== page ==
...
}
\new Staff {
\clef "bass"
...
}
>>
>>
}
</score>

Example:

<score>
\relative c'' {
<<
\new Staff {
b b b b
}
\new PianoStaff <<
\new Staff {
a b c d
}
\new Staff {
\clef "bass"
a, g f e
}
>>
>>
}
</score>

## Lyrics

There are several different ways of adding lyrics to a score.

### Manual durations

Lyrics can have set durations just like notes. Normally LilyPond assigns lyrics to notes automatically, but this sometimes differ from the original printed lyrics. For example, slurred notes have only one lyric attached to the whole slur and polyphonic sections are skipped entirely for the purposes of lyrics. Manually assigning durations helps to avoid this, as the lyrics are separate from the notes.

To do this, the lyrics block must be created in \lyricmode instead of using \addlyrics, as follows:

\new Lyrics \lyricmode {
...
}

The two (or more) blocks are separate and need to be joined together manually. The \addlyrics command already contains the code to do so. To connect them manually, the blocks must be bookended with double angle-brackets, like so:

<score>
<<
\relative c {
...
}
\new Lyrics \lyricmode {
...
}
>>
</score>

Each lyric (or piece of lyric) needs to be given a duration just like a note, by a number immediately after the lyric itself. There should be no space between the lyric and the duration. If no duration is assigned to a lyric, the last used duration will be used, just as it would with a note. For example:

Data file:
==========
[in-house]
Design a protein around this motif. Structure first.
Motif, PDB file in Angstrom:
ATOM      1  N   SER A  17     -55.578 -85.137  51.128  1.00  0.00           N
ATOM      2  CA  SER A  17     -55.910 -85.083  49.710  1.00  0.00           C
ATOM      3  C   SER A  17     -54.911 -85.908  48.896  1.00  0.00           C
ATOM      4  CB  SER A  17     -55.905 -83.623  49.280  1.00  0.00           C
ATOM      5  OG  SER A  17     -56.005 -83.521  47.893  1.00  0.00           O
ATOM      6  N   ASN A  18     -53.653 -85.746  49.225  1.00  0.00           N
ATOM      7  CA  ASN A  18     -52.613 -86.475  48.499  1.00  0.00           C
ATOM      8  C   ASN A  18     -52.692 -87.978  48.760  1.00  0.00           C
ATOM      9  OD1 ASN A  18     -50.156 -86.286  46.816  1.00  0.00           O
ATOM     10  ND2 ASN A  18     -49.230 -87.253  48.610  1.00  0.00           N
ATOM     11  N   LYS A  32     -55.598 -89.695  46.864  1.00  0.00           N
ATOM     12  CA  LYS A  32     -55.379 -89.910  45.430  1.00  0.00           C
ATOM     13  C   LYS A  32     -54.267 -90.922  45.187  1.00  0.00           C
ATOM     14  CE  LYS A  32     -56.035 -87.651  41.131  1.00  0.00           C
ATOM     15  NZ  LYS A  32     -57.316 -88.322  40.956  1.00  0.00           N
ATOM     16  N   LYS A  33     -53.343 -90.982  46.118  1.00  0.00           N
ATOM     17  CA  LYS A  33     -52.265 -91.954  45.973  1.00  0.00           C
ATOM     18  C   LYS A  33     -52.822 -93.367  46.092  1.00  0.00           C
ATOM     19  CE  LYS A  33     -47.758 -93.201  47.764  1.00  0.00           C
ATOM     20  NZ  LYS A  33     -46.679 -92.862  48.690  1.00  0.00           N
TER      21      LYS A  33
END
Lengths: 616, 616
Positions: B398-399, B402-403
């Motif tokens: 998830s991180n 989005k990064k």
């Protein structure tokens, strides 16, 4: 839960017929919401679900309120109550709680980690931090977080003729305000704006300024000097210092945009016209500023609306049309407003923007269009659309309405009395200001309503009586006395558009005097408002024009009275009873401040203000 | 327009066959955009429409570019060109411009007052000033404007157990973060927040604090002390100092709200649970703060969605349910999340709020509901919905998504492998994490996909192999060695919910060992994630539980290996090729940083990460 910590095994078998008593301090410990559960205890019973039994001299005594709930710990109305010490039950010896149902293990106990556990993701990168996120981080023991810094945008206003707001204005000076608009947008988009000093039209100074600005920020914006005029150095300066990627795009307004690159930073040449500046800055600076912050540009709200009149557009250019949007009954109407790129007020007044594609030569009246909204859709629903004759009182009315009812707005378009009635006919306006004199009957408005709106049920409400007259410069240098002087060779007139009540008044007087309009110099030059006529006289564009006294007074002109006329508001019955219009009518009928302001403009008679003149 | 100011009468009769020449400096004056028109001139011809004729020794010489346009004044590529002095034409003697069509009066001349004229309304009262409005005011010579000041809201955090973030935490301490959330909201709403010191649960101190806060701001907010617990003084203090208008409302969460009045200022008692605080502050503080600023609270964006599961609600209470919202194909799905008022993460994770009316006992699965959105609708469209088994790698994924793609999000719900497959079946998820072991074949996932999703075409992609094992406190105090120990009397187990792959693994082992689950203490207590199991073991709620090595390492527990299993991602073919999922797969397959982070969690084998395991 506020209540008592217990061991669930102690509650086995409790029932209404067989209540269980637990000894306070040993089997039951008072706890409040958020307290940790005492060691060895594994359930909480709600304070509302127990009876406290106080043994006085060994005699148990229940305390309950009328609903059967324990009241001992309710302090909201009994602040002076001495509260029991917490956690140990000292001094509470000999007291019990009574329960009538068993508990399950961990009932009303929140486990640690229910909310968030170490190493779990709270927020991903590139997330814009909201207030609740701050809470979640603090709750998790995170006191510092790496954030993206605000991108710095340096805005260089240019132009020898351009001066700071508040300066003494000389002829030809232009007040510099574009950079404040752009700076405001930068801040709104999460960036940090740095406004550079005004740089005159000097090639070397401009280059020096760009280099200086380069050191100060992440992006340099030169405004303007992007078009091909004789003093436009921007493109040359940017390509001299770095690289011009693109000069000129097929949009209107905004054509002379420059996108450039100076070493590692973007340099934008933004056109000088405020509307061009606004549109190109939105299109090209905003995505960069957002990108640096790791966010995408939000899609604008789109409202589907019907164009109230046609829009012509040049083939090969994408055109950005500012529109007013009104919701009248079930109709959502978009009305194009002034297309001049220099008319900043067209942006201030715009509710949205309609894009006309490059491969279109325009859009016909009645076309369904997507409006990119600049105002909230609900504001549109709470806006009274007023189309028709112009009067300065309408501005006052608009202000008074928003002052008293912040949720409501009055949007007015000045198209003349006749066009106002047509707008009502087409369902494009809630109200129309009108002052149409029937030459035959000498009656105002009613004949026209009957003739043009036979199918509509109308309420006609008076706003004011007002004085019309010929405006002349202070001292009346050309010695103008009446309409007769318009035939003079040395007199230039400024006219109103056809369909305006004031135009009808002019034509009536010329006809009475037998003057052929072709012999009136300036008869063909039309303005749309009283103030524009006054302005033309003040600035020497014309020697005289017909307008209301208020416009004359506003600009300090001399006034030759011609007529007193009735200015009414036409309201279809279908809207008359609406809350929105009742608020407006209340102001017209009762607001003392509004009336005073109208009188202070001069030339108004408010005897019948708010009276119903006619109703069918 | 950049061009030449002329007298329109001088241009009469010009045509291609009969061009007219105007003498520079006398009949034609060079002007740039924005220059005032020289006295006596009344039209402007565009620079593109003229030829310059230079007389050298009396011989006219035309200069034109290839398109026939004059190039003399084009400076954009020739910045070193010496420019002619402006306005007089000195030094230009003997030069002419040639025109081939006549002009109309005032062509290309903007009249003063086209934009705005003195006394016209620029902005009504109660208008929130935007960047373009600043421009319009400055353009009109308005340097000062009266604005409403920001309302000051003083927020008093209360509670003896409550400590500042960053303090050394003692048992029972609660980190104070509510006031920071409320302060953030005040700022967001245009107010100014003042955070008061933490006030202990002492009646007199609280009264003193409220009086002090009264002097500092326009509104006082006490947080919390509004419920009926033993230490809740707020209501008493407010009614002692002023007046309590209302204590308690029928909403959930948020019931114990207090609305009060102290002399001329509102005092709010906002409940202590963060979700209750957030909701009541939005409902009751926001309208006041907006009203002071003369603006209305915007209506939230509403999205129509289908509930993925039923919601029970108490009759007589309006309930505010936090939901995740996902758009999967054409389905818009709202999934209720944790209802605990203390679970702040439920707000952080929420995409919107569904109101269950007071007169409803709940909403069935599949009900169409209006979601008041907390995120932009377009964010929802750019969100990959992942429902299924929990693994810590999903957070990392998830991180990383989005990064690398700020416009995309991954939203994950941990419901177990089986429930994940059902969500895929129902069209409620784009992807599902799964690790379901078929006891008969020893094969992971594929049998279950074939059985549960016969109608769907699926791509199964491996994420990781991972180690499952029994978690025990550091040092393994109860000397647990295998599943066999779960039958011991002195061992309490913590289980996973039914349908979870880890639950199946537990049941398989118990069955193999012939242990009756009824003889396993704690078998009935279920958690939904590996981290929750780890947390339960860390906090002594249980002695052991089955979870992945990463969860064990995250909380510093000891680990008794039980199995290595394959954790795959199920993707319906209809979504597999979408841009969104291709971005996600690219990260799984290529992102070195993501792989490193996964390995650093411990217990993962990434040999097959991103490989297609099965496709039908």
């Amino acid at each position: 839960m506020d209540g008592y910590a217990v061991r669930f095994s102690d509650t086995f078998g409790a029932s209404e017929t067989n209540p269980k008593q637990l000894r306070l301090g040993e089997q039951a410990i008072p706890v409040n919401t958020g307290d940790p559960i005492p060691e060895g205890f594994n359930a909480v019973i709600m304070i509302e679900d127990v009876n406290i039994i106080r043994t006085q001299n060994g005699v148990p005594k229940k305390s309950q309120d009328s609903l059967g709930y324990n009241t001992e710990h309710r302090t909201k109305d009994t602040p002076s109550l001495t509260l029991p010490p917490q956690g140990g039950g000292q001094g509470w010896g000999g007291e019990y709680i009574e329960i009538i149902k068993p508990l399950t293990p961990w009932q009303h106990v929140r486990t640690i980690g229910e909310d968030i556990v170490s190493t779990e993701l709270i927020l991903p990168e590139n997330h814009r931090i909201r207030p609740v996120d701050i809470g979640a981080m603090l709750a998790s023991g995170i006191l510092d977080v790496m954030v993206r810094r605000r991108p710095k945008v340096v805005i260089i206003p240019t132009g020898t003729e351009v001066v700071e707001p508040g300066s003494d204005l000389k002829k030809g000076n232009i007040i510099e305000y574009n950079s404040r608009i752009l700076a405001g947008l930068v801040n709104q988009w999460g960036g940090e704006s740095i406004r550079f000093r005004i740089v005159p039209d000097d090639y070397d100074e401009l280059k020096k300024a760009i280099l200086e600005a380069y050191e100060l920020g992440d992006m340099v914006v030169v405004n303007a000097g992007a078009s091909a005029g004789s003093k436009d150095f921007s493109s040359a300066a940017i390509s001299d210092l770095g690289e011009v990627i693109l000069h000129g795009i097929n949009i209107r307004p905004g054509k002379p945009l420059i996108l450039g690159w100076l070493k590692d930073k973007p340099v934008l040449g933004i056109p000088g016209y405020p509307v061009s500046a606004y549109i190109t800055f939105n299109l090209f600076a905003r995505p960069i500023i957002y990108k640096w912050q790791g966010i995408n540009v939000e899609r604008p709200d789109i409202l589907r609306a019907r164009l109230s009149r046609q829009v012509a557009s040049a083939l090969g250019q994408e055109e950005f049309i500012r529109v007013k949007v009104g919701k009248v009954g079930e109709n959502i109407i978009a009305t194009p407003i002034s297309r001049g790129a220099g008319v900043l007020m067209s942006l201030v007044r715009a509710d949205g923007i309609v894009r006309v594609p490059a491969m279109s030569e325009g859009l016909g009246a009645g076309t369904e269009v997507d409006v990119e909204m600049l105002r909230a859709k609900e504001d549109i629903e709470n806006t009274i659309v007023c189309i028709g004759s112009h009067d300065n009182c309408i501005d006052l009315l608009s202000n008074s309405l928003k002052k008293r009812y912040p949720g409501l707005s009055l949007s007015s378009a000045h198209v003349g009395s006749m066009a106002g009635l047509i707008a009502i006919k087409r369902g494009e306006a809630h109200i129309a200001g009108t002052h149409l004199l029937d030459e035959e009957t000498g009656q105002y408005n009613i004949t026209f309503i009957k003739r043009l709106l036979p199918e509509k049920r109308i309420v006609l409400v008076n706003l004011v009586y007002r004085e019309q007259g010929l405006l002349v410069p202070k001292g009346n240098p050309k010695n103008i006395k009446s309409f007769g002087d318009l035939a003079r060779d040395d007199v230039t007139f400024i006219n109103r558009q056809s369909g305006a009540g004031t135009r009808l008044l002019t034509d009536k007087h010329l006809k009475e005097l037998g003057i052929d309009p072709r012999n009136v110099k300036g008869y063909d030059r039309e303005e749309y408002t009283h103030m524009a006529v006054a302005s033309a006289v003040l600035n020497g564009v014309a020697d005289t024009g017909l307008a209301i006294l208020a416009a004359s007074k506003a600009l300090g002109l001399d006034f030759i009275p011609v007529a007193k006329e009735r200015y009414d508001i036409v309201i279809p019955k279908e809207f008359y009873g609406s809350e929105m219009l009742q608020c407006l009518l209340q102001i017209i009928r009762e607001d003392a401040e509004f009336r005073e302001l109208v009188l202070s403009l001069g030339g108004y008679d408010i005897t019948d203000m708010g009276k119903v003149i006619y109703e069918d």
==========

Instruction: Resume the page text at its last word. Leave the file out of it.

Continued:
<score>
<<
\relative c'' {
a4 b c d
}
\new Lyrics \lyricmode {
foo2 bar4 baz
}
>>
</score>

This can add more lyrics to a bar than there are notes:

<score>
<<
\relative c'' {
a4 b c d
}
\new Lyrics \lyricmode {
x8 x x x x x x x
}
>>
</score>

Hyphenated lyrics will work with this method but extender will not be generated. The only way to generate extender lines would be to declare an associated voice with the \set associatedVoice command.

#### Associated voice

Lyrics with manual duration will be left-aligned to the position of the appropriate note in the score. Extender lines also cannot be generated as the lyrics are not associated with any note and the the length of the line cannot be determined. To overcome that, the \set associatedVoice command can be used to associate, or link, the lyrics with a melody in another block.

The block containing the melody (musical notation) must be created as \new voice="foo". The block containing the lyrics must also contain the command \set associatedVoice = #"foo". For example:

<score>
\relative c {
<<
\new voice="foo" {
...
}
\new Lyrics \lyricmode {
\set associatedVoice = #"foo"
...
}
>>
}
</score>

This will make the lyrics centre-aligned on the note positions and allow the system to generate extender lines.

• Stanzas can be numbered by the \set command at the beginning of the lyrics block. Eg:
\set stanza = #"1. "
• The appearance of the lyrics can be altered with the \override command: